Blade (archaeology)
In archaeology
Archaeology, or archeology , is the study of human society, primarily through the recovery and analysis of the material culture and environmental data that they have left behind, which includes artifacts, architecture, biofacts and cultural landscapes...

 a blade is a type of stone tool
Stone tool
A stone tool is, in the most general sense, any tool made either partially or entirely out of stone. Although stone tool-dependent societies and cultures still exist today, most stone tools are associated with prehistoric, particularly Stone Age cultures that have become extinct...

 created by striking a long narrow flake
Lithic flake
In archaeology, a lithic flake is a "portion of rock removed from an objective piece by percussion or pressure," and may also be referred to as a chip or spall, or collectively as debitage. The objective piece, or the rock being reduced by the removal of flakes, is known as a core. Once the proper...

 from a stone core
Lithic core
In archaeology, a lithic core is a distinctive artifact that results from the practice of lithic reduction. In this sense, a core is the scarred nucleus resulting from the detachment of one or more flakes from a lump of source material or tool stone, usually by using a hard hammer percussor such...


Blades are defined as being flakes that are at least twice as long as they are wide and that have parallel or subparallel sides and at least two ridges on the dorsal (outer) side. Additionally, a tool must be part of an intentional blade industry in order to properly be considered a blade; tools which show the characteristics of blades through variation but are not intentionally produced with those characteristics are not considered true blades. Blades became the favoured technology of the Upper Palaeolithic era, although they are occasionally found in earlier periods. A soft punch or hammerstone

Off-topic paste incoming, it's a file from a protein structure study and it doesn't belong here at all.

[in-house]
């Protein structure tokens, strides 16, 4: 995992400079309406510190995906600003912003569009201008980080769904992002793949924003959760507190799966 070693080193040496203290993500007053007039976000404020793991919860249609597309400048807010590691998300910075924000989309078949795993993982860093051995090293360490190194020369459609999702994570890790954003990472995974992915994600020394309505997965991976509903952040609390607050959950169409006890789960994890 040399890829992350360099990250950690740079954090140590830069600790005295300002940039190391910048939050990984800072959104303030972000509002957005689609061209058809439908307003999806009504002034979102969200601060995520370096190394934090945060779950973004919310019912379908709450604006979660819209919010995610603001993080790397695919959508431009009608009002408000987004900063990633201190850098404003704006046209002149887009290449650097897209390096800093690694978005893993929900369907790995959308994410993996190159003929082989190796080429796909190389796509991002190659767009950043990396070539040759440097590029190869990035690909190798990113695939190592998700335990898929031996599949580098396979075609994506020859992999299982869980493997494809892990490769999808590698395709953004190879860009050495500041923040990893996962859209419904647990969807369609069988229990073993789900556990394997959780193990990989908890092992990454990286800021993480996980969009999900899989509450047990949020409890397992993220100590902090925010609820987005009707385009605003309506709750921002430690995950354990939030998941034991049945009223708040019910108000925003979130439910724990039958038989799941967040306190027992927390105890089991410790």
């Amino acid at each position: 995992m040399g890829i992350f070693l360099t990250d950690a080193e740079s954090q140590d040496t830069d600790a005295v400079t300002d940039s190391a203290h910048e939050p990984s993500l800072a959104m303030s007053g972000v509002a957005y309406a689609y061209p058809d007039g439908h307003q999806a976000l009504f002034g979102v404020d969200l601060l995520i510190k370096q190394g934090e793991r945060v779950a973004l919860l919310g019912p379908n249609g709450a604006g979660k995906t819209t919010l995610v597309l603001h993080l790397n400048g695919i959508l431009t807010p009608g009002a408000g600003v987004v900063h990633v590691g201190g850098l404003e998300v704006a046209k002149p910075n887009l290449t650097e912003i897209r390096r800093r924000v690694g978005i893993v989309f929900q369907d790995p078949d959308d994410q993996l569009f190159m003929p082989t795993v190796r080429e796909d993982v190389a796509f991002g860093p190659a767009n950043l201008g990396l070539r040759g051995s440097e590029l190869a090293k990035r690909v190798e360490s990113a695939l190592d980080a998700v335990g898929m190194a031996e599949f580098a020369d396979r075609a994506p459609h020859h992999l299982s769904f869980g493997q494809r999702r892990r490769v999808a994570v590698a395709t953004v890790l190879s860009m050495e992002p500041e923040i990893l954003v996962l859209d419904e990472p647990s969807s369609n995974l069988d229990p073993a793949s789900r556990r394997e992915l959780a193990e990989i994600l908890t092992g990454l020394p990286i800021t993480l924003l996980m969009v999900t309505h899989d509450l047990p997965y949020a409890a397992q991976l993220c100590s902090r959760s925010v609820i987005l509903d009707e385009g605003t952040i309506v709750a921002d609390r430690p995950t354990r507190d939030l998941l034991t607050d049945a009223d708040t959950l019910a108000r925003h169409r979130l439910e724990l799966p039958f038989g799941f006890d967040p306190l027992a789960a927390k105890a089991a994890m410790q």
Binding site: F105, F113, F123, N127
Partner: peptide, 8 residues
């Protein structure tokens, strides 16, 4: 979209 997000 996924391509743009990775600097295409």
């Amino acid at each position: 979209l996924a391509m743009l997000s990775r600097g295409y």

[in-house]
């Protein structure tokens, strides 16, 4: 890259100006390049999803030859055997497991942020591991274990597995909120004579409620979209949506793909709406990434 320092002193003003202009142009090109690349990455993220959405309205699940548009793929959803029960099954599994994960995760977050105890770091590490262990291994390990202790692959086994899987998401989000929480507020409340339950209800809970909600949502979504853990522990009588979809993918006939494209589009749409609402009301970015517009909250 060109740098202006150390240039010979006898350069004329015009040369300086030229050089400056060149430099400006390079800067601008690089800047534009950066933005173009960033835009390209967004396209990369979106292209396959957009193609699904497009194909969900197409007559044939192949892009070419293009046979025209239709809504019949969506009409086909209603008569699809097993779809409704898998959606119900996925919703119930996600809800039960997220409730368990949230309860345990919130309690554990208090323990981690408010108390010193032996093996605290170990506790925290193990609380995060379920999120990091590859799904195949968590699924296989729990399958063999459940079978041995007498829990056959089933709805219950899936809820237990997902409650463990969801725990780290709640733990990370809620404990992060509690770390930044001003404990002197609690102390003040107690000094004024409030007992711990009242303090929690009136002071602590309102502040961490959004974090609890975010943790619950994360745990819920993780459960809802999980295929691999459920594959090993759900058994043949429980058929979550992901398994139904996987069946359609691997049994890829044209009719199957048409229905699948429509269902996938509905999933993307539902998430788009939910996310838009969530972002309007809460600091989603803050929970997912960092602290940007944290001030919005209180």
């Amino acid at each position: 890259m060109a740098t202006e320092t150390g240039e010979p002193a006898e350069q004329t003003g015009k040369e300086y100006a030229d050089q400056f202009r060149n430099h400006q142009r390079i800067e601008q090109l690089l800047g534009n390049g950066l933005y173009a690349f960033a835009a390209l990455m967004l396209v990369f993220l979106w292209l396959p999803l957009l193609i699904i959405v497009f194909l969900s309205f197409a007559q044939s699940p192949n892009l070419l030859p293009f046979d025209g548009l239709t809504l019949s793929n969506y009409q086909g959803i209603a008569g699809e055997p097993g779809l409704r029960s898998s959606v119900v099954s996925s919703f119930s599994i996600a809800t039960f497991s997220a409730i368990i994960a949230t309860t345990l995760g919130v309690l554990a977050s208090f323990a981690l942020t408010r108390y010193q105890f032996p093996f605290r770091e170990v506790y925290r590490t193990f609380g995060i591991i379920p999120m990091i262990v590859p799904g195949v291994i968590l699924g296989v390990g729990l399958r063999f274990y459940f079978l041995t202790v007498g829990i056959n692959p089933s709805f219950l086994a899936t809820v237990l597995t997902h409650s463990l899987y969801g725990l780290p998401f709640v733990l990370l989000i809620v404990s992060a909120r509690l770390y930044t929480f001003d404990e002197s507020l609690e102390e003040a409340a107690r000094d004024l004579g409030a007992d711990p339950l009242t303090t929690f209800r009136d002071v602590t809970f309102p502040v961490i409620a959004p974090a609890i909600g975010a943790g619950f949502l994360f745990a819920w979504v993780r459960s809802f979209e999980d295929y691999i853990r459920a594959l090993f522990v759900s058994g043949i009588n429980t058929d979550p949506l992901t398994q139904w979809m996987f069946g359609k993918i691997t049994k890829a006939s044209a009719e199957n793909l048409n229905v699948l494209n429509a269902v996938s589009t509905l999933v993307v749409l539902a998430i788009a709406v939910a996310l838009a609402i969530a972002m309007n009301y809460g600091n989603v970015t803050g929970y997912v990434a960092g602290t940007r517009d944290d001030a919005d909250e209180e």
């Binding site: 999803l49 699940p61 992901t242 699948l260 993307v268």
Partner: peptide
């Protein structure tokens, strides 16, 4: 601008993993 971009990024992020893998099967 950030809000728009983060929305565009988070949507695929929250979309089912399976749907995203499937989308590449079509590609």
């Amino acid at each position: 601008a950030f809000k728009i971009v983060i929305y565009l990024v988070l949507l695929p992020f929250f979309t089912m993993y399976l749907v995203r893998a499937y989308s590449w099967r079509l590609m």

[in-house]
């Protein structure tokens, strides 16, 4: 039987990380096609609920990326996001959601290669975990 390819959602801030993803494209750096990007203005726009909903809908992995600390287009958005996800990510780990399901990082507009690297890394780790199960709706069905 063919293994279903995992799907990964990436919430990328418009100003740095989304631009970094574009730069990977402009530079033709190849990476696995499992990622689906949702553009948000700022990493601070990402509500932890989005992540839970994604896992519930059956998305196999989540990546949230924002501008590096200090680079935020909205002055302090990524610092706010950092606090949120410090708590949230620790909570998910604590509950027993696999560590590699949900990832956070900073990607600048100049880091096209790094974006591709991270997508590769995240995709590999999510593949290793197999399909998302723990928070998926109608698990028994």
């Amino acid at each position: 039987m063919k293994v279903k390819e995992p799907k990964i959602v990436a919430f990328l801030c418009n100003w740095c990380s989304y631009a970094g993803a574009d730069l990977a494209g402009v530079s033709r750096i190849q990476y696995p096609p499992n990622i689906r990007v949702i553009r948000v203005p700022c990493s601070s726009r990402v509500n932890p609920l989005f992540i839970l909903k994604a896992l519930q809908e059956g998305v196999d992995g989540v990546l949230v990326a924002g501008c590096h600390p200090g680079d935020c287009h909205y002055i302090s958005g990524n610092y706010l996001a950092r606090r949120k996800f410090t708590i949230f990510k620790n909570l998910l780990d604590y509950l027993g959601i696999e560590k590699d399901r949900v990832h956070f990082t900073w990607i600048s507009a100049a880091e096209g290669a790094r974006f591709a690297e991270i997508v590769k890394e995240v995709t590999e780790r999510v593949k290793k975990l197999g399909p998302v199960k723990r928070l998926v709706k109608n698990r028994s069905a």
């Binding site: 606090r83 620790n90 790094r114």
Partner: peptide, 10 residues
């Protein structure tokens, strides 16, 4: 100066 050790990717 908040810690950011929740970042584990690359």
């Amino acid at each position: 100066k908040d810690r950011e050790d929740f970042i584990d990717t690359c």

In archaeology, a hammerstone is a hard cobble used to strike off lithic flakes from a lump of tool stone during the process of lithic reduction. The hammerstone is a rather universal stone tool which appeared early in most regions of the world including Europe, India and North America...

 is necessary in creating a blade and their long sharp edges made them useful for a variety of purposes. They were often worked to create scraper
Scraper (archaeology)
In archaeology, scrapers are unifacial tools that were used either for hideworking or woodworking purposes. Whereas this term is often used for any unifacially flaked stone tool that defies classification, most lithic analysts maintain that the only true scrapers are defined on the base of...

s or burin
Burin from the French burin meaning "cold chisel" has two specialised meanings for types of tools in English, one meaning a steel cutting tool which is the essential tool of engraving, and the other, in archaeology, meaning a special type of lithic flake with a chisel-like edge which was probably...


Cores from which blades have been struck are called blade cores and the tools created from single blades are called blade tools. Small examples (under 12 mm) are called microblades and were used in the Mesolithic
The Mesolithic is an archaeological concept used to refer to certain groups of archaeological cultures defined as falling between the Paleolithic and the Neolithic....

 as elements of composite tools. Blades with one edge blunted by removal of tiny flakes are called backed blade.
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